What goes up must come down when it comes to footwear and now the vertiginous heels of the past few seasons have given way to pretty, practical flats. Tracy Nesdoly reports on the fashion world's economic indicator. Form and function don't always follow suit when it comes to fashion, particularly when it comes to footwear. Trainer wearers or Birkenstock aficionados sometimes find that the tide of fashion has momentarily flowed towards them and their chosen shoe is suddenly at the cutting edge. However, for the most part, the shoes that set our hearts racing and our credit cards smoking are frivolous rather than utilitarian, while "comfortable shoes" are for smug marrieds and our mothers.
Some of us have spent the past few years teetering around and keeping our balance despite treacherous pavements, while happily looking the world in the eye by virtue of vertiginous heels. For those days when comfort really is key, opt for a platform in which the ratio from heel to toe is less alarming to the knee joints. But what goes up, we suppose, must come down. Hence this season it appears the kitten heel has taken over from the cougar shoe.
Stella McCartney showed off her mid-heel version in nude, which, we must admit, was still fairly sexy despite the demure proportions; Marc Jacobs showed bow-toed pumps, albeit with more heel than Stella; Rochas showed flat boots; and at Valentino, studs added a little toughness to the pointy-toed patent sweeties. Furthermore, Tamara Mellon, co-founder of the Jimmy Choo label, a brand known for its skyscraper party shoes, is said to be pining for her hi-tops, which are due to come out in May.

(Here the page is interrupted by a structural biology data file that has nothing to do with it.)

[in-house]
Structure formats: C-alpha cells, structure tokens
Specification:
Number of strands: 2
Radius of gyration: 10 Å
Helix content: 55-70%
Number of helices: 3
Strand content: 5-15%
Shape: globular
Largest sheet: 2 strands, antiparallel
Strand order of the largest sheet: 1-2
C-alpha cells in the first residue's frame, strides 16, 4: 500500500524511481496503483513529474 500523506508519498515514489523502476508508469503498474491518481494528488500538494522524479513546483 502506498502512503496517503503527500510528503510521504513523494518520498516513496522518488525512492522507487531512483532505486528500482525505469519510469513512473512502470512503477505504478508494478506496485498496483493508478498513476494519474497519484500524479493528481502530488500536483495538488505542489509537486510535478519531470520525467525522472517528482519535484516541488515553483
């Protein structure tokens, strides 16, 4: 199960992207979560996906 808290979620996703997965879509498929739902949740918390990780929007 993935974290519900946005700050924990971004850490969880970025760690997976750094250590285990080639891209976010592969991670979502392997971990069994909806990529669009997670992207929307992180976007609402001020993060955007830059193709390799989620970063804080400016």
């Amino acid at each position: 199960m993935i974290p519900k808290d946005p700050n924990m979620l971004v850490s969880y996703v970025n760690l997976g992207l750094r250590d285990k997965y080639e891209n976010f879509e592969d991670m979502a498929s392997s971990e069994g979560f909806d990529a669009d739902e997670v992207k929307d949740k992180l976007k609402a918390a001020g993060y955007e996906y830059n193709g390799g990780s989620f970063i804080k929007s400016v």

Covetable flats at Jimmy Choo? There is no denying it, a sensible shoe revolution is under way. "There are fewer platforms and more lower heels around, which is good because women are becoming tired of running around in platforms," Erin Mullaney, the buying director for London-based Browns, told the fashion industry bible Women's Wear Daily. She especially pointed out McCartney's focus on the lower heel, which she said "felt dainty and feminine".
It had to happen. Last season, Yves Saint Laurent had a deadly black bandage-wrapped stiletto, with a heel that resembled a shiny black patent pencil. It was gorgeous, tough, edgy and super-high, but utterly impossible, even for practised teeterers, to wear. Models quite literally fell off their platforms: Agyness Deyn tripped during Naomi Campbell's fundraiser fashion show for Haiti and, after a second tumble a few steps later, took off her Burberry platforms and proceeded barefoot. There was a bit of symmetry there - Naomi took a spectacular fall off 23cm Vivienne Westwood heels with a 10cm platform in 1993, when she was at the height of her supermodelling fame. Some models, most notably Abbey Lee Kershaw, refused to wear the "armadillo" alien shoes at the Alexander McQueen show last October.
Kershaw said that "health and safety regulations have got to come into play at some point". So, while YSL was certainly not the only brand to push the limits, the end was clearly nigh. "There's no smoking gun unfortunately. There's nothing in particular we can point to which explains why trends in footwear happen," said Elizabeth Semmelhack, the senior curator at the Bata Shoe Museum in Toronto, one of the world's only museums dedicated solely to soles. "I do see, however, that times of economic stress bring more outrageous footwear - the 1930s for example saw the [return of the] platform for the first time since the 16th century."
The platform in all its wild and wonderful forms, created by Elsa Schiaparelli or Salvatore Ferragamo, held firm until the stiletto took over in the more affluent 1950s. It was back during the oil crisis of the 1970s, and then again during the dotcom bust. So, if you're wondering where the economy is going, watch your feet. "However, why this occurs I really don't know," said Semmelhack. Having published Heights Of Fashion: A History Of The Elevated Shoe in December 2008, she's still not certain why females have recurrently gone for impossible shoes.
The highest heels seem to be the uniform of times when women are not called upon to work outside the home - as in the 1950s when women returned to the home after manning the factories during the war years of the 1940s. Maybe the platform conforms to some desire for grounding during tumultuous times such as oil crises or economic failures. If that is the case, the current trend, where sanity seems to have grabbed us by the feet, may well be a very good sign and we might as well relax and save our soles for the next crisis.